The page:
Back in May we, along with our partners at Eyebeam, made an announcement: we were looking for an artist for our new artists in residency program. As we said at the time, the goal of the residency program would be to make policy issues more compelling to the public through the use of the technology that we advocate for every day. We got a huge number of really fantastic applications, and today we’re excited to announce that we managed to narrow it down to one.
Elisa Kreisinger is our inaugural artist in residence. Elisa is a well-known video remix artist and activist. She will be spending some time here in DC going deeper into the issues at Public Knowledge and some time in New York immersed in the Eyebeam community finding ways to make her project even more interesting.
We’ll be documenting Elisa’s process over the course of the residency but in the meantime we're just excited to set her free on the world of technology policy.
Last week I had the opportunity to participate in the Open Hardware Summit, an event that is always a highlight of my conference year. Now in its fourth year, the summit is a chance for the robust community that has grown up around open source hardware to come together, discuss what has been happening, and show off great advances.
By any measure, the open source hardware community is thriving. Each year the summit gets bigger, the projects and products get more ambitious, and the barrier to entry is lowered. But this year it did feel like the community was reaching an inflection point. The world of open source hardware is expanding beyond its original borders, and that presents its own set of challenges and opportunities. While I raised some of these during the panel that wrapped up the summit, I wanted to expand upon a few of them a bit more.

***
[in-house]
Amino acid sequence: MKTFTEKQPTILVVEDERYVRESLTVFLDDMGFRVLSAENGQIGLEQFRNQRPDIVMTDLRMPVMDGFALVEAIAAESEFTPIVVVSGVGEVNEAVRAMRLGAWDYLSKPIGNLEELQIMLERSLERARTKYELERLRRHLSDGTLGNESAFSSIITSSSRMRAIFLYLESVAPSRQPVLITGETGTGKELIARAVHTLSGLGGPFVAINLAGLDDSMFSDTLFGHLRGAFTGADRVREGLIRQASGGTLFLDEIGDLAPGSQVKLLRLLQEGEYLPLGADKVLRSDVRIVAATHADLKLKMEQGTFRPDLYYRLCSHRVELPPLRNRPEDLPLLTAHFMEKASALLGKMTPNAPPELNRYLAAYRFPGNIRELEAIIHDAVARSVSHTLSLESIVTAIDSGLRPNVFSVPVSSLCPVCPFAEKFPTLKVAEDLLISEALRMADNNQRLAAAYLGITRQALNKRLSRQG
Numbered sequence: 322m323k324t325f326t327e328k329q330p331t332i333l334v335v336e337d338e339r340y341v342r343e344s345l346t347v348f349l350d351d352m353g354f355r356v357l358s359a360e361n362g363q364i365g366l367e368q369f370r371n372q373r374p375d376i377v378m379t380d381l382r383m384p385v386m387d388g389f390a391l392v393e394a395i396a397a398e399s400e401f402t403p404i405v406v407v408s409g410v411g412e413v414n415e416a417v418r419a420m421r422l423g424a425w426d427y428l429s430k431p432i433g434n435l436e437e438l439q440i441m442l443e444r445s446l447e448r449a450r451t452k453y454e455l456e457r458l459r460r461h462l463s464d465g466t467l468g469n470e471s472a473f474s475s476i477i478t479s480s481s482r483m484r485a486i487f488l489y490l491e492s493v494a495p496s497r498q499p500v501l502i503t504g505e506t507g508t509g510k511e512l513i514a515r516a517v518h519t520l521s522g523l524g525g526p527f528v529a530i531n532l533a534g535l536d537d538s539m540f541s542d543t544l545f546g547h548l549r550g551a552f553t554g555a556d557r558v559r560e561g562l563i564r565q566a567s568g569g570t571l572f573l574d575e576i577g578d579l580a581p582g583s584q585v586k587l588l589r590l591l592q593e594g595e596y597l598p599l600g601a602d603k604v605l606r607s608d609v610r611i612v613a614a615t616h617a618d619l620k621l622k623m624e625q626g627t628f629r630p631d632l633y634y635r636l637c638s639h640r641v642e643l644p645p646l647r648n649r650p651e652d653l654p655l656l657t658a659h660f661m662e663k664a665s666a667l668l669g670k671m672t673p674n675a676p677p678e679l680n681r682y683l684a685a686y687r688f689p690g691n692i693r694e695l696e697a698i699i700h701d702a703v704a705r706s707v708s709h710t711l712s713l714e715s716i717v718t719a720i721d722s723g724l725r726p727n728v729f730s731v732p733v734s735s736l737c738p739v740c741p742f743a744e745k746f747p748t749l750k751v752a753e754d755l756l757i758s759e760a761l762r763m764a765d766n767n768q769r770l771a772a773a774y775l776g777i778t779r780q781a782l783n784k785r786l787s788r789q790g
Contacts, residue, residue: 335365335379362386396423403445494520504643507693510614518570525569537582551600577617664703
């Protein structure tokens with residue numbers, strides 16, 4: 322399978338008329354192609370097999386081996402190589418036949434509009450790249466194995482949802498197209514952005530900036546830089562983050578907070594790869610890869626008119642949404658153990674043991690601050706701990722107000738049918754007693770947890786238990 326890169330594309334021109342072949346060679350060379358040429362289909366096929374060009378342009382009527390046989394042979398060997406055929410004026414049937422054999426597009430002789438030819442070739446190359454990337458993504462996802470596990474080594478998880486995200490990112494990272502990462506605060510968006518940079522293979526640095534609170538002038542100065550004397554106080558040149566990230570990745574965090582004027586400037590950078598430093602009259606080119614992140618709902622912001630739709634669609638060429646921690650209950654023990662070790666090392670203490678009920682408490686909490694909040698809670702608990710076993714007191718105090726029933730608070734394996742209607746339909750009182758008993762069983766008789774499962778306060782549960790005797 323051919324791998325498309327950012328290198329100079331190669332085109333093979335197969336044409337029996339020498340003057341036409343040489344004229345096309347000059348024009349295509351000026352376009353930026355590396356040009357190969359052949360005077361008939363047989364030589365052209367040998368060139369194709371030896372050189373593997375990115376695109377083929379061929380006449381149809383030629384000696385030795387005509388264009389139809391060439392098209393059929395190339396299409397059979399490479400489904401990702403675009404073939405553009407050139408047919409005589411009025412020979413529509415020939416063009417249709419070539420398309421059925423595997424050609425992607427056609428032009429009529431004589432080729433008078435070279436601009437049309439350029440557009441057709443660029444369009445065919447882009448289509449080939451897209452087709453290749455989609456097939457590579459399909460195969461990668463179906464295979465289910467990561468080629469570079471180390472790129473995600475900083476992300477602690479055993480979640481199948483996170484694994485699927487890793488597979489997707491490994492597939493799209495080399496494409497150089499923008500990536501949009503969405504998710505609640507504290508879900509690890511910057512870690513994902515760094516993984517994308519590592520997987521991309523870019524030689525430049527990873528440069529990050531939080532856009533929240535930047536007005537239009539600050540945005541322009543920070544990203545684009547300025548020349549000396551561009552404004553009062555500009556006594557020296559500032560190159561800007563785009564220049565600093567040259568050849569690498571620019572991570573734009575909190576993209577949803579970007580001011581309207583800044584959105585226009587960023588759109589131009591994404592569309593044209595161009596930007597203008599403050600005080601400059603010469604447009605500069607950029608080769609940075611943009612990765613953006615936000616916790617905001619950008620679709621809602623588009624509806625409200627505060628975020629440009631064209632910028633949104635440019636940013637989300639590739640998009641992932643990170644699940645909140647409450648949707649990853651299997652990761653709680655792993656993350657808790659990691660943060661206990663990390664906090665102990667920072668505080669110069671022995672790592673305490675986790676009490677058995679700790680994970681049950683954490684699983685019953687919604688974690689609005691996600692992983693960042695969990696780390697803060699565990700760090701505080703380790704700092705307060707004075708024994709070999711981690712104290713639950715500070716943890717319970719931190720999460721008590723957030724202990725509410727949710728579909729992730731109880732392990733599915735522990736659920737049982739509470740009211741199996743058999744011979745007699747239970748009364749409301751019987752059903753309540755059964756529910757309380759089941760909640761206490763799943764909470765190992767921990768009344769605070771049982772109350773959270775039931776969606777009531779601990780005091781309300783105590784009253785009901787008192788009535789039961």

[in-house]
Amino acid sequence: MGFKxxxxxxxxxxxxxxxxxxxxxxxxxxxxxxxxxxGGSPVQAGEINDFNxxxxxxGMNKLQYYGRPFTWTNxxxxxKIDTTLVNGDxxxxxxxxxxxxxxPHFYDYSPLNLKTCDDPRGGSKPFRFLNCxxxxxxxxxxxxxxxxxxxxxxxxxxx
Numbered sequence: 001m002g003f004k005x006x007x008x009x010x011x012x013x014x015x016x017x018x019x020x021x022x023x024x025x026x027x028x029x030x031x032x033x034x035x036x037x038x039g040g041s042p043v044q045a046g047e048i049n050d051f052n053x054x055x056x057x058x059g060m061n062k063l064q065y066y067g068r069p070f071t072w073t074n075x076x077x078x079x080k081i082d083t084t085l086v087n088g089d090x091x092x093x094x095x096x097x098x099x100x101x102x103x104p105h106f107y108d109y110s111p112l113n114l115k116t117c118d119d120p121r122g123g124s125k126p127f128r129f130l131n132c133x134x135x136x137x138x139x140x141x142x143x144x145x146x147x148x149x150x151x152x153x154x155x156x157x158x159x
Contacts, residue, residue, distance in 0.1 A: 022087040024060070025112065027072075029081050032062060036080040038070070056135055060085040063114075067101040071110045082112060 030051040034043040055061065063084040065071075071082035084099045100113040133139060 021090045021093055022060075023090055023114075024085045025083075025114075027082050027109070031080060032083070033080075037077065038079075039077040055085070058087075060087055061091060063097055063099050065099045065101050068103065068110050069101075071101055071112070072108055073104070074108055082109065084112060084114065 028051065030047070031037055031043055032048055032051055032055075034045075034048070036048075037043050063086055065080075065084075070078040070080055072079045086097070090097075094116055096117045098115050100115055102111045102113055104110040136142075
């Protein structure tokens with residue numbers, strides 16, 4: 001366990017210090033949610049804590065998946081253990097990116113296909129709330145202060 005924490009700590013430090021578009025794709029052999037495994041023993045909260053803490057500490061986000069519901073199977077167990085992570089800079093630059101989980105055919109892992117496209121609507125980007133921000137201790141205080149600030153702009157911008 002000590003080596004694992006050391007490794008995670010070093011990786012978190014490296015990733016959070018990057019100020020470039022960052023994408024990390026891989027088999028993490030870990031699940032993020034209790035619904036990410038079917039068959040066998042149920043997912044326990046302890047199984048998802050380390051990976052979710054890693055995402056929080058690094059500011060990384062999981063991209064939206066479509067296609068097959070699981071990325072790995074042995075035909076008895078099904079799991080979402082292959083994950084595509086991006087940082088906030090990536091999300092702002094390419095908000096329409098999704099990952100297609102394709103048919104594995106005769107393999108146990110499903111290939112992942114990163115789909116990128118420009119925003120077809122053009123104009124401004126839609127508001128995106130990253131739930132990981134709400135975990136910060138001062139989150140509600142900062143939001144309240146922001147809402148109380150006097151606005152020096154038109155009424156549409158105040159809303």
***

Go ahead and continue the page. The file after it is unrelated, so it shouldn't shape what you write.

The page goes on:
According to Verizon, the FCC's Open Internet Rules are the only thing preventing ISPs from becoming gatekeepers for the internet. For background on yesterday's hearing, start here, for a summary of the arguments go here, and for a timeline of net neutrality, click here.
Yesterday Verizon explained, in the simplest terms possible, why net neutrality rules are so important: the rules are the only thing preventing ISPs from turning the internet into cable TV.
In the wake of next week's oral argument about the FCC’s Open Internet rules, we revisit Net Neutrality and why is it important. We've also put together this timeline on the history of net neutrality.
Net neutrality is going to be back in the news for the next week or so. That’s because next week will feature an oral argument about the FCC’s Open Internet rules (that’s the FCC’s name for its net neutrality rules) before the DC Circuit Court. Since it has been a little while since the last big net neutrality news, we wanted to take a moment to bring everyone back up to speed. Today’s post will remind you what net neutrality is and why it is a good idea. Tomorrow we’ll discuss the FCC’s actual implementation of net neutrality through its Open Internet order. And on Thursday we will go over the issue actually being argued before the DC Circuit – if the FCC even has the authority to implement rules in the first place.
What is Net Neutrality Again?
Contrary to how it is sometimes used, net neutrality is not synonymous with “something bad happening on the internet.” It actually refers to something fairly specific. Simply put, net neutrality is the principle that the company that connects you to the internet does not get to control what you do on the internet. We’ve created a website – WhatIsNetNeutrality.org – to help people remember that. And if you prefer your explanations in video form, give this a spin.
All of the innovation in the world does not change the fact that cable companies have the power to cap their online video rivals.
Time Warner Cable recently announced that it's cable TV subscribers can download an app onto their Xbox360 consoles. The app gives them access to a wide range of cable content through their Xbox360. But for the fact that Time Warner Cable also imposes data caps on its subscribers, this would be fantastic news.
It is great to see companies like Time Warner Cable (TWC) trying out new things. And we have pushed the FCC for years to update its rules to make it easier for all cable subscribers (and, for that matter, all other pay TV subscribers) to access the content they pay for on the devices of their choosing. So why can't we celebrate TWC's announcement? Because as the internet offers more ways for competitors to reach consumers, the way that cable companies treat the internet begins to matter more.